According to data from the US, drink driving accounts for around a fifth of accidents, give or take a few percent. And, therefore, it represents a pretty serious threat to our safety and that of our friends and family. Usually, when there’s an unintended consequence of new technology, the inventors of that tech look for ways to solve it. In the world of cars, one unintended consequence was traffic jams. Thus, modern cars come with navigation systems that reroute drivers along the fastest track.
Unfortunately, when it comes to drink driving the industry has been slow to move. Sure, the statistics on drink driving have been steadily going in the right direction. But what’s so strange is that the technology to prevent drivers from driving drunk exists. And what’s more, it’s cheap. Here we have a prime example of an unintended consequence of driving, but one that has gone unanswered.
From a purely technological point of view, solving the drink driving issue is a lot easier than traffic jams. It doesn’t require you to spend hundreds of million of dollars blasting satellites into space. And it doesn’t demand the development of complicated GPS trackers and apps to navigate you through a maze of roads and find the fastest route. Rather, it’s based on a cheap technology that’s been around since the 1970s.
Alcolock is an innovator in the space. They’ve come up with a device that immobilizes the car until the driver breathes into it. If they’re under the limit, the car will start up, and they can drive away. If they’re not, then it will stay immobilized, and there’s nothing they can do.
When you think about it, this type of technology would be useful for car manufacturers in the long run. They could boast a better safety record than their competitors. And companies like Volvo who want to end all deaths in their vehicles could move faster toward that goal.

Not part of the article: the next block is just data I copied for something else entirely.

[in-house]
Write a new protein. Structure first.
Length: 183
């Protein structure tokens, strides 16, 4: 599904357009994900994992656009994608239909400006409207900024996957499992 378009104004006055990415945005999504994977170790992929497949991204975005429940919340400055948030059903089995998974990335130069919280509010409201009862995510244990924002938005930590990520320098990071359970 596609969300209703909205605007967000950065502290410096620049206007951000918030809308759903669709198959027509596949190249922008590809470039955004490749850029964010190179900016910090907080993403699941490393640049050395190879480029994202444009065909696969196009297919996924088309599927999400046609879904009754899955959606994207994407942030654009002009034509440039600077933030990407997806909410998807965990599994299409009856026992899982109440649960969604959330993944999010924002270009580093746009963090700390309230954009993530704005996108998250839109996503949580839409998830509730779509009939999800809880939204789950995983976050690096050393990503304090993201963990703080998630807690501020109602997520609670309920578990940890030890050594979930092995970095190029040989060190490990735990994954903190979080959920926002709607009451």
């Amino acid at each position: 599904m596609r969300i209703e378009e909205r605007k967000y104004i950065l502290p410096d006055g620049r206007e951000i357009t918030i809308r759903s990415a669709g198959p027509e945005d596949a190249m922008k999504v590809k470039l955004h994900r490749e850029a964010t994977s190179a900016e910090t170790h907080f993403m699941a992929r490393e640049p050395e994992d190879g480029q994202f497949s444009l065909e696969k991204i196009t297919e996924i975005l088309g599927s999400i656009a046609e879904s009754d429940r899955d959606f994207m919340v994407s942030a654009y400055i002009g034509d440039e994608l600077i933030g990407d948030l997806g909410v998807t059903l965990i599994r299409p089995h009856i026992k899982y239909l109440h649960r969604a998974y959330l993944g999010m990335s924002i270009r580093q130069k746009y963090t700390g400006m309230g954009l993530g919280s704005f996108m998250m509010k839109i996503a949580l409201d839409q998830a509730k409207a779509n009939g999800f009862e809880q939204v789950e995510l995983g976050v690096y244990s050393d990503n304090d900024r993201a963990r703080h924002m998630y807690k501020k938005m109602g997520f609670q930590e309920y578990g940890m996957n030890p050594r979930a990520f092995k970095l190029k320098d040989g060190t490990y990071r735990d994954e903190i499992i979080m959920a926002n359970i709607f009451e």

It’s also good for consumers. DUIs are bad news for individuals. They can result in driving bans and even prison terms. Right now, DUI representation with Sohovich Law, for example, can help mitigate problems. But consumers would certainly help themselves if their own cars could babysit them.
However, we don’t see much movement on this front, despite the technology being cheap and widely available. Alcolock’s systems start from around $150, which is nothing when you consider the cost of most car add-ons. The problem seems to be on the consumer end. People just don’t want to have to breathe into a device every time they want to start their car. It’s embarrassing, and a significant quality of life issue. After all, who wants to be the person breathalyzing themselves every time they want to start their car?
Makers of these technologies know the consumer car market isn’t ready for these technologies. So they’re trialing them in other places first, like company vehicle fleets. But it’s unlikely we’ll ever see widespread use of Alcolock products. Autonomy is going to solve the problem of drink driving way before consumer tastes change on this issue.
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